Steve Nipper notes a number of changes in the US Patent and Trademark Office’s regulations that make it really obvious what a bad idea, and how sore they will be, if a non-patent-admitted attorney or other agent tries to get a piece of the patent action in any form.
Steve suggests these new rules are mostly aimed at invention promotion firms and “third-party patent application mills,” but to me they screamed out “don’t play patent lawyer” at prosecution time to lawyers who know a little bit about patents and would like to bill a little time on the file themselves.
UPDATE: Clinton Cusick of Muskin & Cusick notes, on the INTA List, “[Regarding] the new PTO rules about non-practitioners producing papers at least ‘contemplated’ to be filed with the PTO, . . . I read the new rules to encompass their TM services. It seems that the new language was primarily directed to invention submission companies, but trademark ‘submission companies’ seem to fit the language of the rules as well.”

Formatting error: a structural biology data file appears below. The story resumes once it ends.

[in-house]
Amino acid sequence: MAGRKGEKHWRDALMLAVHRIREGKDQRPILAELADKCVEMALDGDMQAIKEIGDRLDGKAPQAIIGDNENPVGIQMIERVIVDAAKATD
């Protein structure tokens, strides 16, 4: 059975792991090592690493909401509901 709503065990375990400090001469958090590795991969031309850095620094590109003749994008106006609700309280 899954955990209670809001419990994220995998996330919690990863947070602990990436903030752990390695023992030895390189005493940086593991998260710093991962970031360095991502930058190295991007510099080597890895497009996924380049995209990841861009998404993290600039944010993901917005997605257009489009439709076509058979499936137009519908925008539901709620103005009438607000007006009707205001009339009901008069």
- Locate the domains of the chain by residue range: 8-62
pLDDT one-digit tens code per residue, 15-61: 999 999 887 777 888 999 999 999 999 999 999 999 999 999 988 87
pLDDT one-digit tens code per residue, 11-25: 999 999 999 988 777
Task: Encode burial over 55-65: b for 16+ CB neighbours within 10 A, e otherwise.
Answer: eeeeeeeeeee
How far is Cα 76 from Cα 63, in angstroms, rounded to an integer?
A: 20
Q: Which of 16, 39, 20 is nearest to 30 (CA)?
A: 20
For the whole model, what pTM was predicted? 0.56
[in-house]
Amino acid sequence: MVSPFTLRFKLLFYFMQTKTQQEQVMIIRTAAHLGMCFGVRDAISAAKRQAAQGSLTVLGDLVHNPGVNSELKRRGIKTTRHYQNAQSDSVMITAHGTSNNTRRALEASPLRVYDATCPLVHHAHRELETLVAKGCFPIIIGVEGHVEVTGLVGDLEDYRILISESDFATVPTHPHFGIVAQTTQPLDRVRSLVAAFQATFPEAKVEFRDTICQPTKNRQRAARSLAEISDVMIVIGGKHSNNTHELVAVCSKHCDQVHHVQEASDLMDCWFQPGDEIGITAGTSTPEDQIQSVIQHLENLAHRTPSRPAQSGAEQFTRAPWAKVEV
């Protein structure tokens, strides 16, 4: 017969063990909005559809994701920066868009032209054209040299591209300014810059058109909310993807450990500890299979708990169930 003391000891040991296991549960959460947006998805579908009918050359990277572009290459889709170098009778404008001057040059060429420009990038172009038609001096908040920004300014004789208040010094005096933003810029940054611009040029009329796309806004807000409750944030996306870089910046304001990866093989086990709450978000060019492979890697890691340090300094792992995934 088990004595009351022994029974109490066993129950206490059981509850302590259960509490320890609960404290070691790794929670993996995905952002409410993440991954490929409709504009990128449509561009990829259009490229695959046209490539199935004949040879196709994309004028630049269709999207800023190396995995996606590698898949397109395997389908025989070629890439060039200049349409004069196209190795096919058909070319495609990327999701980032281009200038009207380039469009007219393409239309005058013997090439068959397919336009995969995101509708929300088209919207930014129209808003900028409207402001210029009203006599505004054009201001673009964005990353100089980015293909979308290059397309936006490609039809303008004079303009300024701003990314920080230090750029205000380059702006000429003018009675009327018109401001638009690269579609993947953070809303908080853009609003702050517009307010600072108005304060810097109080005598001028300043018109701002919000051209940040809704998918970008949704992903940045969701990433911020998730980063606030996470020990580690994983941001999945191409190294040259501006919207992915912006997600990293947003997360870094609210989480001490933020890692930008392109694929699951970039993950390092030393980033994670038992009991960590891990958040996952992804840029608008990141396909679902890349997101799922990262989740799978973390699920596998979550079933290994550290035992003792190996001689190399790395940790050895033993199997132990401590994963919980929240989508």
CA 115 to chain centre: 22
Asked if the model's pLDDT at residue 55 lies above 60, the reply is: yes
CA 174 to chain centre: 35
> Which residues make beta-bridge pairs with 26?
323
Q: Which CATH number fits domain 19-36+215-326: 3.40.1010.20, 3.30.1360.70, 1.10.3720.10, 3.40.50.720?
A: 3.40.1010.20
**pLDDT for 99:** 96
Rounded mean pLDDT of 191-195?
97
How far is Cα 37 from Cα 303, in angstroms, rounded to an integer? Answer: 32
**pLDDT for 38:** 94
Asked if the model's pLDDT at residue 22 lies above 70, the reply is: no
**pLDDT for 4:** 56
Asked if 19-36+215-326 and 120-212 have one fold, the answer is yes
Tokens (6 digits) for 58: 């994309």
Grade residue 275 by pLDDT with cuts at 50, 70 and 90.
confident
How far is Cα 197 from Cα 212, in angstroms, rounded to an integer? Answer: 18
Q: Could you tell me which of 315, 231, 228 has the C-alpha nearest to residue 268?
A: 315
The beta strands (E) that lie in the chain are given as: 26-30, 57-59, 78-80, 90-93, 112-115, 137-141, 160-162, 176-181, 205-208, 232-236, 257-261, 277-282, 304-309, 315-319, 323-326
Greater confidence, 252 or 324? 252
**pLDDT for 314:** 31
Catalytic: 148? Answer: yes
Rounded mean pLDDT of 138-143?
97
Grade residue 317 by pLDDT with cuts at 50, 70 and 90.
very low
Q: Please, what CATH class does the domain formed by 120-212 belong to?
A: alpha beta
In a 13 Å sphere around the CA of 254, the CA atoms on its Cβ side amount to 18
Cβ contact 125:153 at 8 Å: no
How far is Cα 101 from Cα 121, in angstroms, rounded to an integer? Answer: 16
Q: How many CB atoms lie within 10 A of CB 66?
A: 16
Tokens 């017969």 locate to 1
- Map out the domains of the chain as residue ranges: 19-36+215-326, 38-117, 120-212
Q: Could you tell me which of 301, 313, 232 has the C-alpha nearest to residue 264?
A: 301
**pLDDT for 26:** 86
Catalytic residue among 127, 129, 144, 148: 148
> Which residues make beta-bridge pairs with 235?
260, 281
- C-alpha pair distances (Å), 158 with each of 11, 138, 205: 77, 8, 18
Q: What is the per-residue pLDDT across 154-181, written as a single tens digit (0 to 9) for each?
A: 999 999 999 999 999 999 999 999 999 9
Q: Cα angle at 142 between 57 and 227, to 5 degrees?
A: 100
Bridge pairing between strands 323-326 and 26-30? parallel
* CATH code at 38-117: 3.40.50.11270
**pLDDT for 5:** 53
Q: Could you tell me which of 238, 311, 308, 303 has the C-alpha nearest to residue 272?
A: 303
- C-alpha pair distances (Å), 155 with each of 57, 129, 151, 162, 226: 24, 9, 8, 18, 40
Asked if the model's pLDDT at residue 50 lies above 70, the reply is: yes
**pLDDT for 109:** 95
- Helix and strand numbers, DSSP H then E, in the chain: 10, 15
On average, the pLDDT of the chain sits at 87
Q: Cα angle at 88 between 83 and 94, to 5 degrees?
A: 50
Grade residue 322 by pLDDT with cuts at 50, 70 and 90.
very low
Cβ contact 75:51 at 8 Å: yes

Clinton also notes, speaking of “submission companies,” that a class action lawsuit claims that non-lawyer legal services hucksters LegalZoom “charges consumers a ‘U.S. Government Filing Fee (required)’ of $325 and a $159 service fee to file a trademark application with the USPTO. But LegalZoom pays $275, the actual fee for the USPTO’s TEAS Plus (Trademark Electronic Application Service), and has been overcharging consumers since July 2005, when the TEAS Plus application service [discount] took effect . . .”